Basically, the system works as follows: In the basement, there is a "manifold" that ties into the water heater and main water supply. This has a bunch of pairs of connections (red for hot and blue for cold). The amount of connections pairs depends on the amount of fixtures you have. Separate flexible red and blue pipes run from the manifold all the way to the fixture (uninterrupted). The pipe makes "bends" instead of turns which is actually more efficient than 90 degree turns (like copper) in relation to pressure drop. There is an open/close valve at the manifold too that let's you easily control the supply.

PEX piping and manifold

Up to now I have been told that there really isn't any other alternative (other than cast iron) to PVC as far as drain lines are concerned. BUT, through some research I found that they do make a rigid polyethylene pipe that can be used for drain lines. I need to find out a bit more about this and then get a price difference from the PVC drain lines before we make a final decision. Obviously this would be a great solution for it would eliminate virtually all of the PVC plumbing in the house.

So as you might suspect, we have decided to move forward with the PEX system (for at least the supply lines at this point). But as with any product that is new to me, I start my web search with "Problems with ____", and see what comes up. The only real negative story I found was someone reported that they thought rodents seeking water had gotten into their floors and ceilings and chewed through the pipes and thus caused some leaks. This was never really substantiated, but the way I see it is that if you have rodents running through your floors and have bigger problems to deal with.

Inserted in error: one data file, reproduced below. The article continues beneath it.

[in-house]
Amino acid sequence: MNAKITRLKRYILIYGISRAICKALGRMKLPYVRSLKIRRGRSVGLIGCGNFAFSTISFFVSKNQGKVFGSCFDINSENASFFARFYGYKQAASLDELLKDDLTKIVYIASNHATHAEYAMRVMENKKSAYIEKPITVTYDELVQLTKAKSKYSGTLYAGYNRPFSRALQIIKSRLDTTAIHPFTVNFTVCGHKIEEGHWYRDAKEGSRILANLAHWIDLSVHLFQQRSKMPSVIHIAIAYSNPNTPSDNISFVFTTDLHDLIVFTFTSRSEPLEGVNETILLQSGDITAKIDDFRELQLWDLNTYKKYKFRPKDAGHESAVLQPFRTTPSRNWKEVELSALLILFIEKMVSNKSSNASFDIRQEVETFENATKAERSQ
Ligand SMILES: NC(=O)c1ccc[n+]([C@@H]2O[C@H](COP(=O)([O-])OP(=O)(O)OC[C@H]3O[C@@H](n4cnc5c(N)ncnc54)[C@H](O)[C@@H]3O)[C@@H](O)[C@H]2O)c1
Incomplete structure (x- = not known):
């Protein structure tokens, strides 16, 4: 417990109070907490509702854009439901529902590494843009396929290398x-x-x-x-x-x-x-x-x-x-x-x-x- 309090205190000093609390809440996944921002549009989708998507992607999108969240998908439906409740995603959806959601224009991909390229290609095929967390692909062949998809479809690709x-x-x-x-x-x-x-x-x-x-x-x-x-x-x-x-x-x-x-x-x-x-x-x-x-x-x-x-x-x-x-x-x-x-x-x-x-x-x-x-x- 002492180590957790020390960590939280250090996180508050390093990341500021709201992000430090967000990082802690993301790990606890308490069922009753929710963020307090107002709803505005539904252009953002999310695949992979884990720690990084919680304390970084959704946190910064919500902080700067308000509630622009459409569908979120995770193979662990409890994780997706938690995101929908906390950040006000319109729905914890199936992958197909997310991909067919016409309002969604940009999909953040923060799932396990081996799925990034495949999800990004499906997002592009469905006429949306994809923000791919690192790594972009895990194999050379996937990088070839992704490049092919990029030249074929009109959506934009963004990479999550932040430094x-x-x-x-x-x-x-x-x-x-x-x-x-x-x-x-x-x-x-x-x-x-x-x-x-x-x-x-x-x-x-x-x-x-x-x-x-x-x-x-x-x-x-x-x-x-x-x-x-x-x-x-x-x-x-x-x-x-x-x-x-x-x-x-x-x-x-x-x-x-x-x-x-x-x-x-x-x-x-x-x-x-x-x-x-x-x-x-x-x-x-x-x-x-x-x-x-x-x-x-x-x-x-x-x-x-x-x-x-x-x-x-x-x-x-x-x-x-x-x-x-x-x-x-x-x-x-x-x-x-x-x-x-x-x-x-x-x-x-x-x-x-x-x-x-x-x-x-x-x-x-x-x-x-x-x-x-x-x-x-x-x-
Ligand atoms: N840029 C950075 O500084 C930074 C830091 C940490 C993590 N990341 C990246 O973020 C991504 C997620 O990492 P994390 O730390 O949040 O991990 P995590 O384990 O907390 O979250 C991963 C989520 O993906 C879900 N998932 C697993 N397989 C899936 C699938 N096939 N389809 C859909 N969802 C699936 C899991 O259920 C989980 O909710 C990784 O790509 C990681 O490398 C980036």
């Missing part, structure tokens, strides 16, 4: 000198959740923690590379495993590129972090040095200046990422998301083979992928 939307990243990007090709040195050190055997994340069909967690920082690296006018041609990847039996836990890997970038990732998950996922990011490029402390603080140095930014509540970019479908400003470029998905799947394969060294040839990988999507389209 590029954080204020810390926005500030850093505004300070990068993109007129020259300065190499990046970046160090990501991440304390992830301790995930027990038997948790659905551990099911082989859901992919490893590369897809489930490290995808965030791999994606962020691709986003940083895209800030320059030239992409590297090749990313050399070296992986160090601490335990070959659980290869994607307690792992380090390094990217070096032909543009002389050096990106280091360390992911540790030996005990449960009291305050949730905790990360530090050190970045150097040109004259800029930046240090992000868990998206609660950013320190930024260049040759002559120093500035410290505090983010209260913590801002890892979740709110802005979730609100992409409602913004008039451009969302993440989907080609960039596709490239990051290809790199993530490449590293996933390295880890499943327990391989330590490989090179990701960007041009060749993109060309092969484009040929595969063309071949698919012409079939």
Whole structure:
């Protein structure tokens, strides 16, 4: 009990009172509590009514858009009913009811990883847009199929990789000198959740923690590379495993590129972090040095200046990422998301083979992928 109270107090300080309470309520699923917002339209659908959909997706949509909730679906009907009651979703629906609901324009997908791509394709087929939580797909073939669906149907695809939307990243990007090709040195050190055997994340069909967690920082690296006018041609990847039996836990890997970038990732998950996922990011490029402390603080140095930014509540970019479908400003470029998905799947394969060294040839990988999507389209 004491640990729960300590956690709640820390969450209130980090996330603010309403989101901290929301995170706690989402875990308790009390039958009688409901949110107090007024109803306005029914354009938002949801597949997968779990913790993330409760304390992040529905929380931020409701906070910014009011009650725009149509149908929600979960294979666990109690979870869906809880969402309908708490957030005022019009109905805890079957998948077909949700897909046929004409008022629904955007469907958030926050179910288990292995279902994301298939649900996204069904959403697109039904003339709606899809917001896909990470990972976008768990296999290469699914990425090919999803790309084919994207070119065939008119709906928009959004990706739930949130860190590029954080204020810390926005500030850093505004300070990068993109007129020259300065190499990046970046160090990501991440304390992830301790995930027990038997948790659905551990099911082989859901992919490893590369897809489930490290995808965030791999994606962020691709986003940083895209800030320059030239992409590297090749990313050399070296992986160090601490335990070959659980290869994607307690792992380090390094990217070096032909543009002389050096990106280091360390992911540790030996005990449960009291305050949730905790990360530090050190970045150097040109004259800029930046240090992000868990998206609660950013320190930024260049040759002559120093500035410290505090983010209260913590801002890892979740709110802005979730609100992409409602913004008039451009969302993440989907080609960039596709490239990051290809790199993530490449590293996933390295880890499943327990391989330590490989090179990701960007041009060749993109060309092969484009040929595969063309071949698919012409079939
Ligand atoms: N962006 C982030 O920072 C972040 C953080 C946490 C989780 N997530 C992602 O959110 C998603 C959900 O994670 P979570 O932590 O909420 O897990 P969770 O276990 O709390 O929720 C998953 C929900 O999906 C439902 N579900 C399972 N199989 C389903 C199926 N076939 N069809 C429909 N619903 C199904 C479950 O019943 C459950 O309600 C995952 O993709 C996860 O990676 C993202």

The unit we chose is the Goodman 14 SEER 92% Efficient furnace and a 3-ton rooftop A/C unit.

The main change regarding the HVAC system is related to LEED points and the SEER
(Seasonal Energy Efficiency Ratio) rating and HSPF (Heating Seasonal Performance Factor) of our unit. SEER rating is the Btu of cooling output during a typical cooling-season divided by the total electric energy input in watt-hours during the same period. HSPF is a ratio of BTU heat output over the heating season to watt- hours of electricity used. The higher the SEER and HSPF, the more energy efficient the system. Originally, the mechanical contractor had spec'd a 13 SEER / 8.2 HSPF unit. This is a good unit but only satisfies the pre-req for LEED. We needed to upgrade to a 14 SEER / 8.6 HSPF unit to get 2 points for using a "High-Efficiency" system. I have not gotten verification but I would speculate at this point that the cost difference is somewhere around $500...giver or take a few hundred. It's a good thing to do regardless, as jumping up even 1 SEER saves a pretty decent amount of energy when it comes to heating and cooling.